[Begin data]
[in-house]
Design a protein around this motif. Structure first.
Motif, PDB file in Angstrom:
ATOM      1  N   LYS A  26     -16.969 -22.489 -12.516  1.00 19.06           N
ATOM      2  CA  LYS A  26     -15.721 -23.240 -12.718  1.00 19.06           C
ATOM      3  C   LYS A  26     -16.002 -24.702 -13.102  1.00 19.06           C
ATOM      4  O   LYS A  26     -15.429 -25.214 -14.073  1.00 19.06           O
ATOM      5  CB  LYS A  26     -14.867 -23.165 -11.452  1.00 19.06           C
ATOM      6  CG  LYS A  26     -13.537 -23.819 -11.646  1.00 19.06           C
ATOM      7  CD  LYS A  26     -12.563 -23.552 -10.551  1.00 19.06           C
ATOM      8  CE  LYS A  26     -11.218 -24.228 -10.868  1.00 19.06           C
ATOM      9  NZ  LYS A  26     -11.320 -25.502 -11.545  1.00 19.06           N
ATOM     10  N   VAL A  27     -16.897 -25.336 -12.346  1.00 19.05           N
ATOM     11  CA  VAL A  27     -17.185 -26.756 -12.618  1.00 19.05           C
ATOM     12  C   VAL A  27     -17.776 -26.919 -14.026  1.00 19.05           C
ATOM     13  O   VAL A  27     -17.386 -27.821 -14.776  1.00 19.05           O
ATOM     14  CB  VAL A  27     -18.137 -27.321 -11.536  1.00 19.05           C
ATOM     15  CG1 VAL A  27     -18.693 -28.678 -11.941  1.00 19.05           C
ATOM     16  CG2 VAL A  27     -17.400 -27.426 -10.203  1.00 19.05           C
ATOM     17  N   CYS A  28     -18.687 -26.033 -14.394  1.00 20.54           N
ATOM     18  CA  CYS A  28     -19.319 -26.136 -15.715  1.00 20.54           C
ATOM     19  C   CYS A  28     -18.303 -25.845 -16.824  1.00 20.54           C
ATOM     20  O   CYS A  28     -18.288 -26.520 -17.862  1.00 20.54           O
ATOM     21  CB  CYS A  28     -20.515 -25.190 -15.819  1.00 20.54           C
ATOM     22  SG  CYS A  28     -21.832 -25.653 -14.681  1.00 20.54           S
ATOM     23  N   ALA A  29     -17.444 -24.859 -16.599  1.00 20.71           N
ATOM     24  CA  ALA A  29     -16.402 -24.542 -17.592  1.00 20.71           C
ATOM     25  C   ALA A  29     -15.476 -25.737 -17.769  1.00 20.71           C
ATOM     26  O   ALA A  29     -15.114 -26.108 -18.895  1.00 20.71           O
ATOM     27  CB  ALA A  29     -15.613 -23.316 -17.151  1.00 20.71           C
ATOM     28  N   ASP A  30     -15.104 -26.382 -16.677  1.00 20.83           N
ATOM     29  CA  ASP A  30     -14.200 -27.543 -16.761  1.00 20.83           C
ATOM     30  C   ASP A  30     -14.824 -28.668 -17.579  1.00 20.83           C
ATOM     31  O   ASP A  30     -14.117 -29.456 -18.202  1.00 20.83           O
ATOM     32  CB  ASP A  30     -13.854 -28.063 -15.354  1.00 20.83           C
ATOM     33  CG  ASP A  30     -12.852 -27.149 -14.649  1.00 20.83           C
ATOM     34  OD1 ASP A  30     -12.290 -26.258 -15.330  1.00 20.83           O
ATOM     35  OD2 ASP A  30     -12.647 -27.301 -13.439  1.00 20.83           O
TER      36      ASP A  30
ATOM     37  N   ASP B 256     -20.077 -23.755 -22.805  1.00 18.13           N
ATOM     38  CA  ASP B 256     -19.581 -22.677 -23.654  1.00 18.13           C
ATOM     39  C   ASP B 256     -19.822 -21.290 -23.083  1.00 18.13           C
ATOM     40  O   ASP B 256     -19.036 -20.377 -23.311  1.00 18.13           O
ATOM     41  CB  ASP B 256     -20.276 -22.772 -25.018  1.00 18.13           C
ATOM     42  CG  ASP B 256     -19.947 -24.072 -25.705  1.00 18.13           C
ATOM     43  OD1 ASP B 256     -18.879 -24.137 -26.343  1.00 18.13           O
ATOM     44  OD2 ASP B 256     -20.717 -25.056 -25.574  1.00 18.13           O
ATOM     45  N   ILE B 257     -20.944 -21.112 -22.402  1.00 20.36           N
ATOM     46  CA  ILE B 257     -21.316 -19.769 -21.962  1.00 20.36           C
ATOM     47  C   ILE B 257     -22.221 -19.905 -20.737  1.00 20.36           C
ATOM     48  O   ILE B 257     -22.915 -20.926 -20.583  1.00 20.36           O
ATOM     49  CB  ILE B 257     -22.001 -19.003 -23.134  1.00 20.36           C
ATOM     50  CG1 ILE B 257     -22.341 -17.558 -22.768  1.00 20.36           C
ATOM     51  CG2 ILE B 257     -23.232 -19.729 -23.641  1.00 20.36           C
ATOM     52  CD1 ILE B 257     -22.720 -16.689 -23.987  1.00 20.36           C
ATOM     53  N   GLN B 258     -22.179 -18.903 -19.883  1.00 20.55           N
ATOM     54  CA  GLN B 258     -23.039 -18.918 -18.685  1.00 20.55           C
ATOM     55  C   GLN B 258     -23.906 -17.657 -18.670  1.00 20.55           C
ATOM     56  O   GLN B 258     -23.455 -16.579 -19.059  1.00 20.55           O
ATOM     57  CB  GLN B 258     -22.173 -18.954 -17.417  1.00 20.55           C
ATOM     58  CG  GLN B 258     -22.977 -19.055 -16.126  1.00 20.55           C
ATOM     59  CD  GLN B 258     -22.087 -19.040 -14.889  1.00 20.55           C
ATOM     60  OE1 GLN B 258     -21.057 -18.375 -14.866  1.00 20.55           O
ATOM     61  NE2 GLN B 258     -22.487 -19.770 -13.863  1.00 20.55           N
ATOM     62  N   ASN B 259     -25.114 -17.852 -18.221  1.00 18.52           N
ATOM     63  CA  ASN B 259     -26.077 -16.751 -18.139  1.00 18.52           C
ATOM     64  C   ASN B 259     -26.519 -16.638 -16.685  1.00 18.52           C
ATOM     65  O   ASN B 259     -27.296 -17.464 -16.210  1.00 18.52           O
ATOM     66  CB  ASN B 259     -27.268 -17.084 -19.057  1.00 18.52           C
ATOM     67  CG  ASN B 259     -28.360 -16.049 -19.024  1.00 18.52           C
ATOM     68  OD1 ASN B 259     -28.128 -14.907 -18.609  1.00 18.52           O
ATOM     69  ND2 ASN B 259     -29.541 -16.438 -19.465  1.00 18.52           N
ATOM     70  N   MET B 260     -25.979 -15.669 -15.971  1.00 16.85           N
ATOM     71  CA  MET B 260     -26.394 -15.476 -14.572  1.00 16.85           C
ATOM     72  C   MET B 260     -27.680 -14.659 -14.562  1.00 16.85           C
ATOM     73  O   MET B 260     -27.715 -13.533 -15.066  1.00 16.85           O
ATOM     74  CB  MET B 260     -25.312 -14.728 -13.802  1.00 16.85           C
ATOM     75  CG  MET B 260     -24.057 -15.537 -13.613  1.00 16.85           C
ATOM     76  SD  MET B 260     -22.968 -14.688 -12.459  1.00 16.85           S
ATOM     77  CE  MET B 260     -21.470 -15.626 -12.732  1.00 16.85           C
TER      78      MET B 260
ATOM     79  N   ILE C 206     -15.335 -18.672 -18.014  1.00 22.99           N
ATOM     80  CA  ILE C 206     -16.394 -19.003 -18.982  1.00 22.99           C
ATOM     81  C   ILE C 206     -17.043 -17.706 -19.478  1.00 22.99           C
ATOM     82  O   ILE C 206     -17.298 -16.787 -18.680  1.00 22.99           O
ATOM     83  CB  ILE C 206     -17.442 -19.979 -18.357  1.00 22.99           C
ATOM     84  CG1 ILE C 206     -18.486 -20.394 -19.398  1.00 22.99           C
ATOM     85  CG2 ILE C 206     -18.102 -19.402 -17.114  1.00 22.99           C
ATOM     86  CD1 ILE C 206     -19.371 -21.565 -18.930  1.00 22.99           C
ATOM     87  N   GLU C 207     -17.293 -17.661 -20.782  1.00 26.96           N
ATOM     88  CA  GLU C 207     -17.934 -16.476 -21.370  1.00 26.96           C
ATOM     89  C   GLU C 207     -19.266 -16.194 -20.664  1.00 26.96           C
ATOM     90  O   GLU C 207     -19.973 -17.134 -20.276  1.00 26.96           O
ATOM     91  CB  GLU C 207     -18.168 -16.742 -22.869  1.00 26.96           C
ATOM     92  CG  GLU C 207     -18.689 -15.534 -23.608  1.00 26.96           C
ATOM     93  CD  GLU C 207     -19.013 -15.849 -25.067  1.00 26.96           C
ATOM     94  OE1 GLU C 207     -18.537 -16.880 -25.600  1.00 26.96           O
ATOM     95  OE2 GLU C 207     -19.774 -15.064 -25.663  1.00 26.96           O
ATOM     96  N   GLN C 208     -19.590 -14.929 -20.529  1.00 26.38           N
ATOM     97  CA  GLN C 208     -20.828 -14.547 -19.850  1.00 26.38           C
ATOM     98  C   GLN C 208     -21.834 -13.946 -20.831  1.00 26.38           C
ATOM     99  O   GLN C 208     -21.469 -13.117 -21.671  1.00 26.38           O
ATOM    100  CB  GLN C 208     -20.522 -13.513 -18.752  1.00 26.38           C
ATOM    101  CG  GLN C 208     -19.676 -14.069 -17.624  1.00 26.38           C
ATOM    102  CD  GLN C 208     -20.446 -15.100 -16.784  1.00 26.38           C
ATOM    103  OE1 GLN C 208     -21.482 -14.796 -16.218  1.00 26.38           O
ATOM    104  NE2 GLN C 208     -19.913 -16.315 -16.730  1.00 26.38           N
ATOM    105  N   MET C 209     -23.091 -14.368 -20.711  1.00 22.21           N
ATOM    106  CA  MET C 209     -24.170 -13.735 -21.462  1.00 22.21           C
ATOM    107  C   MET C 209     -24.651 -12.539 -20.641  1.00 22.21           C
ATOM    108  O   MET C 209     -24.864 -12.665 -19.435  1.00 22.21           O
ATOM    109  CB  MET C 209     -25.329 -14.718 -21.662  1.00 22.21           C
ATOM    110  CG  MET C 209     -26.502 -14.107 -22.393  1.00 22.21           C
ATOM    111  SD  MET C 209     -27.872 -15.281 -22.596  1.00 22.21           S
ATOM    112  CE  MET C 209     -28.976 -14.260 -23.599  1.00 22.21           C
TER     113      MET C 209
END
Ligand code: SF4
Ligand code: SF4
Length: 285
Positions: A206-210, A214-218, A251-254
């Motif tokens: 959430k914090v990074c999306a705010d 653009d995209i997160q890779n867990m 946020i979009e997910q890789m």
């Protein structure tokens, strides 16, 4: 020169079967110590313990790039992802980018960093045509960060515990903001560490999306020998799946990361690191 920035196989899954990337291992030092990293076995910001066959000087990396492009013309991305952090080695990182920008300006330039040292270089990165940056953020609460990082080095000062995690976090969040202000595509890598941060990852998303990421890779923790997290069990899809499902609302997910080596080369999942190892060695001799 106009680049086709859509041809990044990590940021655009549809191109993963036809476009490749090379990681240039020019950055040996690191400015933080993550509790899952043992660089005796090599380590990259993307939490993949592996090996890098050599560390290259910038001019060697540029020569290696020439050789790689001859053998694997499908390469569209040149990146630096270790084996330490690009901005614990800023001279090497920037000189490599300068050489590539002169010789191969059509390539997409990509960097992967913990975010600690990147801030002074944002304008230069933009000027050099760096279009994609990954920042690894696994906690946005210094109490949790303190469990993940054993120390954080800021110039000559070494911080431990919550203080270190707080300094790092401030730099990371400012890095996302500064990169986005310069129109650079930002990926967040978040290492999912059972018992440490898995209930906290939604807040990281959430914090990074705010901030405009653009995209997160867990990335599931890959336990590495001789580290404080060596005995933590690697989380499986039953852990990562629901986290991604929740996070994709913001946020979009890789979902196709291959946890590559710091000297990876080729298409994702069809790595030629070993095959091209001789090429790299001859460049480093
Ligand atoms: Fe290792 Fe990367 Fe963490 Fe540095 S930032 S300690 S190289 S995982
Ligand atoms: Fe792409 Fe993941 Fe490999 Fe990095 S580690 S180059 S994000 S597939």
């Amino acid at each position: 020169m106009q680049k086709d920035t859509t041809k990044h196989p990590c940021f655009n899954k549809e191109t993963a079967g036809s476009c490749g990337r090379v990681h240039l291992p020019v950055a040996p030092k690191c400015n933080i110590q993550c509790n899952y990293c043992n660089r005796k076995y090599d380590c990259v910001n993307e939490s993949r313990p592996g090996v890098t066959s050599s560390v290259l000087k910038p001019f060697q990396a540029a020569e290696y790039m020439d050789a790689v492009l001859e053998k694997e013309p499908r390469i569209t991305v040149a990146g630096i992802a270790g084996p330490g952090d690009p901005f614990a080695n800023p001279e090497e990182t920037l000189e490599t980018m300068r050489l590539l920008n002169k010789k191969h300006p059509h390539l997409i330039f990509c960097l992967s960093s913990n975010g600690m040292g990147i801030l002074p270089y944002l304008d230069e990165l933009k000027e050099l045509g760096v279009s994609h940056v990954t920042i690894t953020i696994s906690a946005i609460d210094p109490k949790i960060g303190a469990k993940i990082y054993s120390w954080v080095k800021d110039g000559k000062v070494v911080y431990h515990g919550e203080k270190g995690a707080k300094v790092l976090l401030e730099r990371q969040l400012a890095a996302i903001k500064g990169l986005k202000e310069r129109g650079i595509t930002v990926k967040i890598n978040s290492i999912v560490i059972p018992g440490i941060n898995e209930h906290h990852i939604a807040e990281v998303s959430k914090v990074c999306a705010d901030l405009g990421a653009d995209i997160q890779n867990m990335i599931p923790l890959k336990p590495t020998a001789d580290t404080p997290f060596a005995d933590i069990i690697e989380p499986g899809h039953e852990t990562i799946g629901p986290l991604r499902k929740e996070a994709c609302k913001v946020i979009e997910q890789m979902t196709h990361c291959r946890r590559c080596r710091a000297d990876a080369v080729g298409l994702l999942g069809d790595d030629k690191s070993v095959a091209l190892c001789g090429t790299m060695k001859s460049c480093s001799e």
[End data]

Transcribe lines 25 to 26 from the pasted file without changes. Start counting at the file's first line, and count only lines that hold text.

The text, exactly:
ATOM     22  SG  CYS A  28     -21.832 -25.653 -14.681  1.00 20.54           S
ATOM     23  N   ALA A  29     -17.444 -24.859 -16.599  1.00 20.71           N